|About Plein Air - The Plein Air Process|
The plein air painting process is a set of techniques that let you, the painter, quickly and confidently analyze and capture the essentials of a rapidly changing outdoor scene. These techniques make use of a variety of small studies and sketches combined with acute observation and memorization of key aspects of an outdoor scene. Simplification of the scene is also a key element. The PAPJC recommends you try out all of the techniques below in order to understand how to use them and learn what they can do for your paintings.
The first and most important step is to select an outdoor scene that moves you emotionally or provides you with a challenge that you’d like to investigate. Without this foundation, your painting won’t have emotional depth. Make a note of what drew you to the scene and remain true to that feeling or concept throughout your painting session.
Once you have selected the scene that is right for you, decide what shape will effectively present your feeling or concept. Square, portrait, landscape, unusually long and narrow – these are all valid choices and will communicate different messages to the viewer. A viewfinder is a useful tool for selecting the shape, as are quick thumbnail sketches, which are very small, very rough sketches compositional sketches. When choosing a size for your painting, remember that you may find it easier to capture a changing outdoor scene on a small canvas than on a large one.
Notans, which are a design technique utilizing 2-4 values to depict a scene, are very useful for capturing the range of lights, mid-tones, and darks, especially in scenes where the lighting is apt to change quickly. Notans done in the field are typically very small – the size of a thumbnail sketch – and help you create a compelling value composition for your painting. That pattern can later be transferred to your canvas as a grisaille (traditionally an underpainting in grey values; contemporary painters may use colors with carefully selected values for this type of underpainting), or you may simply refer to your notan as you develop your painting.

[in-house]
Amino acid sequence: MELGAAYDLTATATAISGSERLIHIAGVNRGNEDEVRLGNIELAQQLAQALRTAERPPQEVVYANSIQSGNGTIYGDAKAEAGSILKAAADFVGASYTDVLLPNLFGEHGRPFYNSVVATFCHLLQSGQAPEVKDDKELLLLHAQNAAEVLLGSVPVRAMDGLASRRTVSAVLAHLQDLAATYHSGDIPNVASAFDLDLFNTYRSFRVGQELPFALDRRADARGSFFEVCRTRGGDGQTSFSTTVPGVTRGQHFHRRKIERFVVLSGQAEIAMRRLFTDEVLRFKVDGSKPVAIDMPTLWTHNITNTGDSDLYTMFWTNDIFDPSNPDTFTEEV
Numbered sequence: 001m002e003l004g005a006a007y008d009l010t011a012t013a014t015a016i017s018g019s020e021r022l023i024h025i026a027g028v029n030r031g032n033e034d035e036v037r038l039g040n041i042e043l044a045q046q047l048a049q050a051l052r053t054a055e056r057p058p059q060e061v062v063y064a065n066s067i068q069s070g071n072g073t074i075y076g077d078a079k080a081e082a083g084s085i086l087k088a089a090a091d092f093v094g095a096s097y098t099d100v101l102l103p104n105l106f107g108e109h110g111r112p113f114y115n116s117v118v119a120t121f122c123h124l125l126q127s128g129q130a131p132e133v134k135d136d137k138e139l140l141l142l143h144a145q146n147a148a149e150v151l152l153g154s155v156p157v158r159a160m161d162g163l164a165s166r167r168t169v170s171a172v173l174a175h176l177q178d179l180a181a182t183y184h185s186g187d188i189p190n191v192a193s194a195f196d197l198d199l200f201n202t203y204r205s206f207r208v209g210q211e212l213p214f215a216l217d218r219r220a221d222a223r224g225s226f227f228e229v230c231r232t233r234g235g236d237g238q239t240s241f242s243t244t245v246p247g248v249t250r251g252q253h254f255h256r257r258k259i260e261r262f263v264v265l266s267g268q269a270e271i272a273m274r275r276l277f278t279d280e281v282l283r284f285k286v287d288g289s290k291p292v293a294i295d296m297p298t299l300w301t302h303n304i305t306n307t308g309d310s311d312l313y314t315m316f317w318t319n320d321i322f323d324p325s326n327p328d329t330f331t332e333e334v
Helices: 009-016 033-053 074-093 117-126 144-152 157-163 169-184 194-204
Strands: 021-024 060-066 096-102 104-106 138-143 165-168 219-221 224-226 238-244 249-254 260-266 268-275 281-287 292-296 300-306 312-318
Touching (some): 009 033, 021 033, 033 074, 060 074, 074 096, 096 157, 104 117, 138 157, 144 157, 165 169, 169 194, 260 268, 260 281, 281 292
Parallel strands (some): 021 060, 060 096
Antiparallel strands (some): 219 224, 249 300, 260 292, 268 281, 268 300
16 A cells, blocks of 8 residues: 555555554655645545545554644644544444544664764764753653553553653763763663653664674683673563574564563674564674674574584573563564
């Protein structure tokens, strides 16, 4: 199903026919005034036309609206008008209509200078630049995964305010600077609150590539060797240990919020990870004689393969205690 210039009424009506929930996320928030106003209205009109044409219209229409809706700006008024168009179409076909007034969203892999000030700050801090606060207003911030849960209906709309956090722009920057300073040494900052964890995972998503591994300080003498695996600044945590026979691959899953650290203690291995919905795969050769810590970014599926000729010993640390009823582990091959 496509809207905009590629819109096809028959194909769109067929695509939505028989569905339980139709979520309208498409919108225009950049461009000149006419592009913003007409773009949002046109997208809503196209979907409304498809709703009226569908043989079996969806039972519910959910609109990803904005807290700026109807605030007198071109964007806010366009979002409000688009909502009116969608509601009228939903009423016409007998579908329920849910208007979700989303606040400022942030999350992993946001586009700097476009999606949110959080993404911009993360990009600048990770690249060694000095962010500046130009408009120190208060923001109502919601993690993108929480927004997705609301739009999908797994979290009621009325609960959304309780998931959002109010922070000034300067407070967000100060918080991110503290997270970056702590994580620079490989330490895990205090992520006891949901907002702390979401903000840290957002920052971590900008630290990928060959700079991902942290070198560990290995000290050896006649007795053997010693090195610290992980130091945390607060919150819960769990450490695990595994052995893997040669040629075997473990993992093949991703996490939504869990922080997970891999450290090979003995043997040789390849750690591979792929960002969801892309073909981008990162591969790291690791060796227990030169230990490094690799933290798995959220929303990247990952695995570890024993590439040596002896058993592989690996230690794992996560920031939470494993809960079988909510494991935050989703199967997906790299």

A color study (or field sketch) is extremely helpful for understanding how to simplify a scene compositionally. Basically, this is a very small painting in which you abstract the scene to a few simple shapes and then add color, being careful to select the right color value. Once that is done, you can add half-tones to build form until the painting reads accurately.
You’ll find that if you do the preparatory steps above, once you start your actual painting, you will have learned your scene and have the confidence to work loosely and quickly. Just remember this: if the scene has changed significantly from when you started – check your notan to determine this – then you should rely on your studies as much or even more than the ever-changing scene itself. Otherwise you’ll be “chasing the light,” the bane of the plein air painter!
Remember, the ultimate goal of plein air painting is for you to experience – not just view – a scene and then capture the essence of that scene on canvas or paper in a way that feels authentic to viewers. The techniques described about are building blocks for accomplishing that. Sequenced together, they give you what we are calling “the plein air painting process.”
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